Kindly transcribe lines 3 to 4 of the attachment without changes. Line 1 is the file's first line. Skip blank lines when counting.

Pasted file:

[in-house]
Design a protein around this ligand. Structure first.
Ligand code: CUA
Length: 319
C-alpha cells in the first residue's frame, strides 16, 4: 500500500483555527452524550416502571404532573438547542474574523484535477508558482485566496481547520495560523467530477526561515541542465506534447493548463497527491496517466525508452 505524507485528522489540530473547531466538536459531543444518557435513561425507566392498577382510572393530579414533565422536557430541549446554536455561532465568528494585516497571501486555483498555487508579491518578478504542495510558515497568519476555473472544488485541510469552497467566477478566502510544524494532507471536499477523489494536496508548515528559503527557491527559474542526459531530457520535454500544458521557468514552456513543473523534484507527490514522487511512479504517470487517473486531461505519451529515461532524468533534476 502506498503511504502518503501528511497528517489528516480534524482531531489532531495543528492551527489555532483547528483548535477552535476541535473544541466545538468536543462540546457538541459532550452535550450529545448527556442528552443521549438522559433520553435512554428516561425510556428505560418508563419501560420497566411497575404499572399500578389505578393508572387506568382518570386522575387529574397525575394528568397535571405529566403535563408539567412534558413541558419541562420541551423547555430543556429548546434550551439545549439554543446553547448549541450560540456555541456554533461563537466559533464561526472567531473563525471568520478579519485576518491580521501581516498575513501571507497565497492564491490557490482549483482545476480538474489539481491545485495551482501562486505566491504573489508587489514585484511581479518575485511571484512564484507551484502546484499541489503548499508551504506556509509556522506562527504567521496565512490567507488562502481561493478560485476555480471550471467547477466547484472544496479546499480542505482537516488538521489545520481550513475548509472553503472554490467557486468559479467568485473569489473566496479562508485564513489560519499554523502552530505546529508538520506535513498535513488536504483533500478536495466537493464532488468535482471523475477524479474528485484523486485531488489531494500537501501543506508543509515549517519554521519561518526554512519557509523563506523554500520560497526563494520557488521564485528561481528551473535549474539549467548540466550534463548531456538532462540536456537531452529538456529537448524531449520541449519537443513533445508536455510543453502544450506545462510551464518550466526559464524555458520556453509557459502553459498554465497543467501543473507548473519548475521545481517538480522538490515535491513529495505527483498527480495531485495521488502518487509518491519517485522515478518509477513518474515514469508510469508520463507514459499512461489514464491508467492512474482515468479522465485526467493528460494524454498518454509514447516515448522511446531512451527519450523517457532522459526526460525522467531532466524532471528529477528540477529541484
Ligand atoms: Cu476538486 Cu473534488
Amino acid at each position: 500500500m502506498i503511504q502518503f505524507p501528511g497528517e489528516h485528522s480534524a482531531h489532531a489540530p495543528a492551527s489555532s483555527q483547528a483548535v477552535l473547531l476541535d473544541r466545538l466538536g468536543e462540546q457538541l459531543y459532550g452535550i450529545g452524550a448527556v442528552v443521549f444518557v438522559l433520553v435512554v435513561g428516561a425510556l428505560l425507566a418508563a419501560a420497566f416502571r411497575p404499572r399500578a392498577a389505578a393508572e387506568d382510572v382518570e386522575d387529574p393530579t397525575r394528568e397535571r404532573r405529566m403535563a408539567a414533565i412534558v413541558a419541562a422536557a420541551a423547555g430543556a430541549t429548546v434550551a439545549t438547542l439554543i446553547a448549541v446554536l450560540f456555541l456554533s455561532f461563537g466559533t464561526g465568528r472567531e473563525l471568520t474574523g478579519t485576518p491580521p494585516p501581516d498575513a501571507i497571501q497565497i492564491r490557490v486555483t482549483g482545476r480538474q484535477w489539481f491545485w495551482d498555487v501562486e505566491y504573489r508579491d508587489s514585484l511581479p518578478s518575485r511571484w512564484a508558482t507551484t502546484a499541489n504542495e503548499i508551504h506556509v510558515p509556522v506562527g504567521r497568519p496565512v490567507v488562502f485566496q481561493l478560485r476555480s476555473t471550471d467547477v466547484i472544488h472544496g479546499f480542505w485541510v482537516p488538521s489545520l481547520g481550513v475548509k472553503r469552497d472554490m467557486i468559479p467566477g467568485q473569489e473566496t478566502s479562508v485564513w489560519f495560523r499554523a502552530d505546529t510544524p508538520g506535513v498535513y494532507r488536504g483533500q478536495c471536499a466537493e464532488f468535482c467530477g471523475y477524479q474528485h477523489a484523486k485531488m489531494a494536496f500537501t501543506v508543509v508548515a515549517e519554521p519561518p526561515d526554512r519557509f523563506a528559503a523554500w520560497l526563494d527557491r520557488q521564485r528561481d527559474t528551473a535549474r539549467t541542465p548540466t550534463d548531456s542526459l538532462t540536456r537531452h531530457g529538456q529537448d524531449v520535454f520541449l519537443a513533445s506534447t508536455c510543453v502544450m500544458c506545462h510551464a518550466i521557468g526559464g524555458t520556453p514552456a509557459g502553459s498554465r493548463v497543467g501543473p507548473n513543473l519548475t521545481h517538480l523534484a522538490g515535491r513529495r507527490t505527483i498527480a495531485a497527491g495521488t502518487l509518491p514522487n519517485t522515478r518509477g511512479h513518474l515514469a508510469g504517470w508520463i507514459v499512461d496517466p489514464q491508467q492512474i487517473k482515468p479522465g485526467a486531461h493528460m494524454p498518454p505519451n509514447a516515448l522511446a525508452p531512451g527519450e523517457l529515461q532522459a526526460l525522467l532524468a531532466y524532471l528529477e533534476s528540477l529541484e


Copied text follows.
Ligand code: CUA
Length: 319